To be fair, 10 major technology firms have already banned Jones and his company from using their services. These bans, which took place at multiple layers of the tech stack — involving payment processors, social media platforms and streaming device makers — should significantly reduce Jones’ ability to reach new audiences. However, deplatforming is an endless game of whack-a-mole: Bad actors repeatedly reappear under different names or from seemingly unrelated accounts. Jones’ content has been found on Roku and Facebook even though it is supposedly banished from those platforms. (I had found it on YouTube as well, but my example was removed before publication — whack-a-mole, indeed.) 

More important, misinformation purveyors can quickly rebuild their media empires on the alt-tech stack — an alternative information infrastructure that provides safe haven for what the researchers at the University of Washington called “repeat spreaders” of misinformation, such as Breitbart News, Candace Owens and Mark Levin. Paralleling the tech stack, the alt-tech stack includes social media platforms such as Gab and SkySilk, domain registrars such as Epik, crowdfunding services such as GiveSendGo and payment platforms such as AlignPay. These different layers provide a multiplicity of points of resistance to the efforts to hold misinformation purveyors accountable. As of this writing, Jones and his Infowars boast about 433,000 followers on GETTR, 212,000 followers on Gab, 157,000 subscribers on BitChute and 114,000 subscribers on Rumble. According to the Anti-Defamation League, Jones has already collected more than $385,000 in donations through the Save Infowars Legal Defense Fund campaign on GiveSendGo.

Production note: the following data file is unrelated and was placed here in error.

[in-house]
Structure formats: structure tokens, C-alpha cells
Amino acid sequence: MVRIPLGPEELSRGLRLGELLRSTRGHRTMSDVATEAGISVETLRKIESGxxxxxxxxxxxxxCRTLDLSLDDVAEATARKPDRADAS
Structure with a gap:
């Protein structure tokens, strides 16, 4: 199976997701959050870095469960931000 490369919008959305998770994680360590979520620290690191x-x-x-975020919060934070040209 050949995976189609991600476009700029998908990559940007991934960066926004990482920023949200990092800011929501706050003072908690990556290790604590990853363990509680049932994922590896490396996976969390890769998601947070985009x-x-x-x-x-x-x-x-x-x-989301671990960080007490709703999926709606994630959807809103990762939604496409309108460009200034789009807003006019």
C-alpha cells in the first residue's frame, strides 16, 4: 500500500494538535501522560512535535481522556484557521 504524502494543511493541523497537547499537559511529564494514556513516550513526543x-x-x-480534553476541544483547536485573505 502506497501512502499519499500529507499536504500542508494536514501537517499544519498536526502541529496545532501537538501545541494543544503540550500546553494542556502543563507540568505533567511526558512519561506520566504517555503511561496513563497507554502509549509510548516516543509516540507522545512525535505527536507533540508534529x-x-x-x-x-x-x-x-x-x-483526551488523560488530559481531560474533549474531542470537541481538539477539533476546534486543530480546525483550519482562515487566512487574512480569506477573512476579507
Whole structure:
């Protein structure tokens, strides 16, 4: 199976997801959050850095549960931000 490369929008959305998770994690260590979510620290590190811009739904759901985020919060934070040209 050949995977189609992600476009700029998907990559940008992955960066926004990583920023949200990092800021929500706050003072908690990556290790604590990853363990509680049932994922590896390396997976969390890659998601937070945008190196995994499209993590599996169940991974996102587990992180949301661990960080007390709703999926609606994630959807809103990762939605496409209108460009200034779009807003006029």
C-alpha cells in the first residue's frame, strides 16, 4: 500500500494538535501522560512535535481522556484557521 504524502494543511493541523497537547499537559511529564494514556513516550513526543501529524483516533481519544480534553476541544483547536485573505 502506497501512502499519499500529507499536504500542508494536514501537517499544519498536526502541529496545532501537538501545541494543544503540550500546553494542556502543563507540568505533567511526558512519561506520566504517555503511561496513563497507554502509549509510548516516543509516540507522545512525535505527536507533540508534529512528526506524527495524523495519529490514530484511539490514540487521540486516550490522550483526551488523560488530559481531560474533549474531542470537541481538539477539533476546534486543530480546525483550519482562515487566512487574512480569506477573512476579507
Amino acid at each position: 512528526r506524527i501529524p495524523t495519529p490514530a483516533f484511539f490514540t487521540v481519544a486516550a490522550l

Defamation lawsuits are an important tool in the quest to reduce harm from harassment and abuse. But they are not a solution to the lie machines built by incredibly savvy, incredibly cynical pundits like Alex Jones. This week’s verdict, coupled with whatever else happens next, will certainly make conspiracy theorists think twice before they inflict pain on private individuals in the future. But it will not solve the bigger problem, which is our world’s dangerous, pervasive flood of misinformation.